Import prices, labour costs and profits – what role have they played in inflation dynamics?
News, Staff memo What is the significance of rising prices on imported goods and services, and what role have corporate profits and labour costs played in inflation dynamics?
Hanna Lovéus, Senior Economist at the Monetary Policy Department and Magnus Lindskog (former Advisor at the Riksbank) have analysed these relationships, which have been widely discussed in the light of the recent rapid price increases. Their conclusion is that there are differences in the developments between different parts of the business sector. The high growth rate in domestic prices partly reflects the fact that the energy sector has benefited from rising energy prices and the export industry has benefited from globally rising prices. However, the increase in domestic inflation is broad and reflects developments in several sectors, including consumer-related sectors.
Historically, Swedish producers have contributed to smooth out variations in consumer prices through lower domestic inflation when import prices have risen rapidly. Recently, however, contributions to consumer prices have been high from both imported and domestic inflation. Initially, the increase in domestic inflation in the entire economy (not just consumer prices) after the pandemic mainly reflected rising profits per unit of output. The contribution of labour costs was low in 2021 but gradually increased in 2022 and was high in the first half of 2023. The recent developments, with parallel and rapid increases in unit profits and unit labour costs is something that, like the increase in import prices and domestic prices, stands out from a historical perspective.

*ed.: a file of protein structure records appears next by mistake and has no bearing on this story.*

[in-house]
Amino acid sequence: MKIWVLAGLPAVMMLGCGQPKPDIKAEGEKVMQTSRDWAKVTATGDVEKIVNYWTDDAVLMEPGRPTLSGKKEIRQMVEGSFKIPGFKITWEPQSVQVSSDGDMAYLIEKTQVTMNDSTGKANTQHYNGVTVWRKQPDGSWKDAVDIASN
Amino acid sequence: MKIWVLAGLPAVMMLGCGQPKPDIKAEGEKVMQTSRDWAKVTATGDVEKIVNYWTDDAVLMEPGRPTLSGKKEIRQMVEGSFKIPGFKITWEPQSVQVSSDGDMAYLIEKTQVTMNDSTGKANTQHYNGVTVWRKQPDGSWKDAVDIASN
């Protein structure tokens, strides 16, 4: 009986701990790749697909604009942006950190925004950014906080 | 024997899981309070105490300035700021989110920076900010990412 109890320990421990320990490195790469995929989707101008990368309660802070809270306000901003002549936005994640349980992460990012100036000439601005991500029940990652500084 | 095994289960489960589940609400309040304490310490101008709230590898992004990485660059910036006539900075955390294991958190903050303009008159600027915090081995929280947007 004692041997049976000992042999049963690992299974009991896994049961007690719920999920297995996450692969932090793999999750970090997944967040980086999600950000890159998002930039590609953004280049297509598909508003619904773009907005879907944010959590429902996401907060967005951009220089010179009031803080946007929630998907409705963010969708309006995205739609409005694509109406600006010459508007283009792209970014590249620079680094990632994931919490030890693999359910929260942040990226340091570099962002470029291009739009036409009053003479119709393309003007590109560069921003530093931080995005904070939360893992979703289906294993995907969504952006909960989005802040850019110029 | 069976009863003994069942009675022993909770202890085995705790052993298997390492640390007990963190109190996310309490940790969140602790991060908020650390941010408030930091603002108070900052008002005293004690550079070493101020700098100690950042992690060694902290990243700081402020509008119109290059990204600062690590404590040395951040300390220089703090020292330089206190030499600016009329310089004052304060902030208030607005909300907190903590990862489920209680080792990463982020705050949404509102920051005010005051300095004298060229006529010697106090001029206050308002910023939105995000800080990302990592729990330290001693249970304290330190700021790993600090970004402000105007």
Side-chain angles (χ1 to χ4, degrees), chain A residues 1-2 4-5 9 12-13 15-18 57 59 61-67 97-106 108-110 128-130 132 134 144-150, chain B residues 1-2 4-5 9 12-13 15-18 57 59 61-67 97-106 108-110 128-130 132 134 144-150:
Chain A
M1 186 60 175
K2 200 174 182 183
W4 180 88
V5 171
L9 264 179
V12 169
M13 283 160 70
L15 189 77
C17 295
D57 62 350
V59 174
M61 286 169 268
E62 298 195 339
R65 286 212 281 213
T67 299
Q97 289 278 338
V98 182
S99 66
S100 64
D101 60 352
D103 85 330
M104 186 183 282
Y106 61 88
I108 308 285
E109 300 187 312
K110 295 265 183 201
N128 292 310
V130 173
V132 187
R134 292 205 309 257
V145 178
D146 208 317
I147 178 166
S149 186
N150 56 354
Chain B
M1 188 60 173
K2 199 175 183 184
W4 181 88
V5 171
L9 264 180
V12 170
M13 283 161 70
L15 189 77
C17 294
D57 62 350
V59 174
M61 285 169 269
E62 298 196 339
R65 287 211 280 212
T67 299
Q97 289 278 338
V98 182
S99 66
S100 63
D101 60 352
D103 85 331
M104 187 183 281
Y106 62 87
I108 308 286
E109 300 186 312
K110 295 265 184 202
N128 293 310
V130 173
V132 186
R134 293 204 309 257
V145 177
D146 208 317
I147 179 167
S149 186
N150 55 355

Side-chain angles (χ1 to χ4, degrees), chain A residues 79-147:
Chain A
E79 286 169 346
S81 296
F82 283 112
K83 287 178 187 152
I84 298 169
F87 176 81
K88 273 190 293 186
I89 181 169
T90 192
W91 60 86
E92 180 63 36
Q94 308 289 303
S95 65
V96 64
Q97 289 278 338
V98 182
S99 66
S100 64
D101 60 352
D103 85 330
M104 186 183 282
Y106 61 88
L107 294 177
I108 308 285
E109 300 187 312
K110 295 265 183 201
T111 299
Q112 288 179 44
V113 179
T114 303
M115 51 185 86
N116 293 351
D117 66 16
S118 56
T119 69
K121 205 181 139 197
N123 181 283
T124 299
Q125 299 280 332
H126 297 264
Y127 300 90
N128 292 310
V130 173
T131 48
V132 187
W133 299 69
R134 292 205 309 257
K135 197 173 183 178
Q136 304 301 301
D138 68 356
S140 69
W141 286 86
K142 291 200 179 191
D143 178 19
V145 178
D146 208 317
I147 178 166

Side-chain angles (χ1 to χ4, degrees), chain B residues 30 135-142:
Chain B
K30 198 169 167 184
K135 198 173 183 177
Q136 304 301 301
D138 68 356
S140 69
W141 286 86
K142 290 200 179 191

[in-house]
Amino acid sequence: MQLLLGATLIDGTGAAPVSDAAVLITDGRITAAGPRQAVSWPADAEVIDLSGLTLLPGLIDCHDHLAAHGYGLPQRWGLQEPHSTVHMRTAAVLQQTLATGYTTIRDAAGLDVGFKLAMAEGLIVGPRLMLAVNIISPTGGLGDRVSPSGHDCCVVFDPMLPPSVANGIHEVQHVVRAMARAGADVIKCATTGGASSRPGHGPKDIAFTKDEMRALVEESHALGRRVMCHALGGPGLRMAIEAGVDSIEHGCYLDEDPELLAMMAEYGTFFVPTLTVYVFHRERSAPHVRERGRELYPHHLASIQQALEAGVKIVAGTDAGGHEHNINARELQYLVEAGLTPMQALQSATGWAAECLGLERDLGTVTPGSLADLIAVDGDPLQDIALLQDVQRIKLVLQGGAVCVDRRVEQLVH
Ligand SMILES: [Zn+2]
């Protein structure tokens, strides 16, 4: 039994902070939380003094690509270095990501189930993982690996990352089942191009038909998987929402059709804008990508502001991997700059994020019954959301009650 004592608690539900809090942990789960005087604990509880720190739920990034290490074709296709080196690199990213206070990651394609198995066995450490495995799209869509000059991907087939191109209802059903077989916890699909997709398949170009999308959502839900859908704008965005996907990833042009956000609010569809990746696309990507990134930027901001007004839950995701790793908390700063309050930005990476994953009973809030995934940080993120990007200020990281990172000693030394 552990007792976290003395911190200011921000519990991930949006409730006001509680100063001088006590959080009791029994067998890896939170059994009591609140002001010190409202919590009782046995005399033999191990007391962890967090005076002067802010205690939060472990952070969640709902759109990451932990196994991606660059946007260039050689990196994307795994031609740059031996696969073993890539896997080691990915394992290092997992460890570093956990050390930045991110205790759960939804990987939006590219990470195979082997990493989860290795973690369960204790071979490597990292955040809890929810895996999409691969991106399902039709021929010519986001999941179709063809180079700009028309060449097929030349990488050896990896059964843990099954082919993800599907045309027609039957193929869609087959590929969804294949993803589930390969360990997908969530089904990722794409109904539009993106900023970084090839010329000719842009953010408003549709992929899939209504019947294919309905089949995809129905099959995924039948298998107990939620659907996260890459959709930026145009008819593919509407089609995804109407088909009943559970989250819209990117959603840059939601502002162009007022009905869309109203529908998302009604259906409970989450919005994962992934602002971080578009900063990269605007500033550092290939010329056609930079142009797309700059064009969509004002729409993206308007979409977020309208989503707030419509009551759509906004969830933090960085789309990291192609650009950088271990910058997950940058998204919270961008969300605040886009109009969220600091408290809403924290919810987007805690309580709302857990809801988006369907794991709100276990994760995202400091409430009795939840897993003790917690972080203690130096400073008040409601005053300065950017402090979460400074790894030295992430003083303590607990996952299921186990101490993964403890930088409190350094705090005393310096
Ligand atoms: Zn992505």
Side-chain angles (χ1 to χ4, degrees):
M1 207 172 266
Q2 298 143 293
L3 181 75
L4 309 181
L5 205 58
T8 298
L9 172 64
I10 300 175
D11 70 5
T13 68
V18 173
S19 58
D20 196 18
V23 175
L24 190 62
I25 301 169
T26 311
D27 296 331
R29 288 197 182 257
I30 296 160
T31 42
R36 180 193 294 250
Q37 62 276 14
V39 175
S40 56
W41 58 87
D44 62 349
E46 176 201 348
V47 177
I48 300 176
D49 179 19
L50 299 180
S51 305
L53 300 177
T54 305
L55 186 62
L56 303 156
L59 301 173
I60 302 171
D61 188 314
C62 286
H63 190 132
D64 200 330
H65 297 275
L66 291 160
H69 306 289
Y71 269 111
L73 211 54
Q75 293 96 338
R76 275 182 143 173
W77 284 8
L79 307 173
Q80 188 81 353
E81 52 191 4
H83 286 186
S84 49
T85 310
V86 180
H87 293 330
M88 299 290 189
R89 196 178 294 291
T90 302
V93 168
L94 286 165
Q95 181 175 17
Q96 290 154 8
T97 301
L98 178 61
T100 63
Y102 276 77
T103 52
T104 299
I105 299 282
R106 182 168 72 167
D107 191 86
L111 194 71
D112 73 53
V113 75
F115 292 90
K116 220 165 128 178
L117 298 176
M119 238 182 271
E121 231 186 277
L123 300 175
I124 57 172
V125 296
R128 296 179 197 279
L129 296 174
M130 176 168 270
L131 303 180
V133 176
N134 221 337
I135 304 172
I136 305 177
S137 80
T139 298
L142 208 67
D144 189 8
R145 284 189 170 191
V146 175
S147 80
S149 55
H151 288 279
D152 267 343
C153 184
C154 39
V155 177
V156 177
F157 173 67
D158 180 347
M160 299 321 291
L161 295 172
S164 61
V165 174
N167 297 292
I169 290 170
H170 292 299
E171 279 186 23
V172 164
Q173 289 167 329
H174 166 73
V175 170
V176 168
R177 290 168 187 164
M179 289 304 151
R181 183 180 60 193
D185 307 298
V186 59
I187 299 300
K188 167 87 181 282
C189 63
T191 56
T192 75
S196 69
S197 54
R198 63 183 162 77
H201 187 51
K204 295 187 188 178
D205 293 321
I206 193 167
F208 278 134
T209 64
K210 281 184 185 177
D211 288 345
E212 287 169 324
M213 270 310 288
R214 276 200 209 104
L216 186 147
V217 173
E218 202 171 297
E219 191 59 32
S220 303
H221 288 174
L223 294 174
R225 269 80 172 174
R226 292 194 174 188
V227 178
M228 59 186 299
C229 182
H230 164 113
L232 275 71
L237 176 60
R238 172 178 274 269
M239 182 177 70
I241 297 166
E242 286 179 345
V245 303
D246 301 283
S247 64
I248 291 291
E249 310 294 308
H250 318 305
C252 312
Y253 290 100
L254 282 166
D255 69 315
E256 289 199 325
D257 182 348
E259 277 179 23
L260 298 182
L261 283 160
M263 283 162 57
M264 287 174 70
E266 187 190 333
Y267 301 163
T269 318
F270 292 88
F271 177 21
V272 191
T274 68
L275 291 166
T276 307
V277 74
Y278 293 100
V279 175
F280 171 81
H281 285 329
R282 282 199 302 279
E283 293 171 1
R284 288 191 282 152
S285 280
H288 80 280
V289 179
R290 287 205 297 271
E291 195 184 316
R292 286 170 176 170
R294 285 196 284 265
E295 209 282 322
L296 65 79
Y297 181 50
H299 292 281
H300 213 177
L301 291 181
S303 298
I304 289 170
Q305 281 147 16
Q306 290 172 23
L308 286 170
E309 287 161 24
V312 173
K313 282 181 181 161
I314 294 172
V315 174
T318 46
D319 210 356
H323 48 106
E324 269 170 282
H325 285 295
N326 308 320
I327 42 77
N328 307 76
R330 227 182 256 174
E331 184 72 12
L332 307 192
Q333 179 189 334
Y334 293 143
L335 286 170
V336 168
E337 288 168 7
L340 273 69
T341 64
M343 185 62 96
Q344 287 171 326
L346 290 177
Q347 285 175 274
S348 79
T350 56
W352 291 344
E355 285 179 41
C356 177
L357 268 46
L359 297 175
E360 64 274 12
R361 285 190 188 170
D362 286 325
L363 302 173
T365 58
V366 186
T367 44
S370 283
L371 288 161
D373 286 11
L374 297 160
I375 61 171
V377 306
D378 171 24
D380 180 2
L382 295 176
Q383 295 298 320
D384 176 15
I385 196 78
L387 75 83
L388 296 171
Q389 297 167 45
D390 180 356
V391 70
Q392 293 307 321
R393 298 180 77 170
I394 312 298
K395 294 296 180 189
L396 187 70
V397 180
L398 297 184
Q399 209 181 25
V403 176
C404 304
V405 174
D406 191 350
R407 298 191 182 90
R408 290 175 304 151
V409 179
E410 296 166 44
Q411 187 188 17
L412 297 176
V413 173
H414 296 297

Author: Magnus Lindskog and Hanna Lovéus, the authors work or have previously worked in the Riksbank’s Monetary Policy Department.
A Staff Memo provides members of the Riksbank’s staff with the opportunity to publish advanced analyses of relevant issues. It is a publication for civil servants that is free of policy conclusions and individual standpoints on current policy issues. Publication is approved by the appropriate Head of Department. The opinions expressed in Staff Memos are those of the authors and should not be regarded as the Riksbank’s standpoint.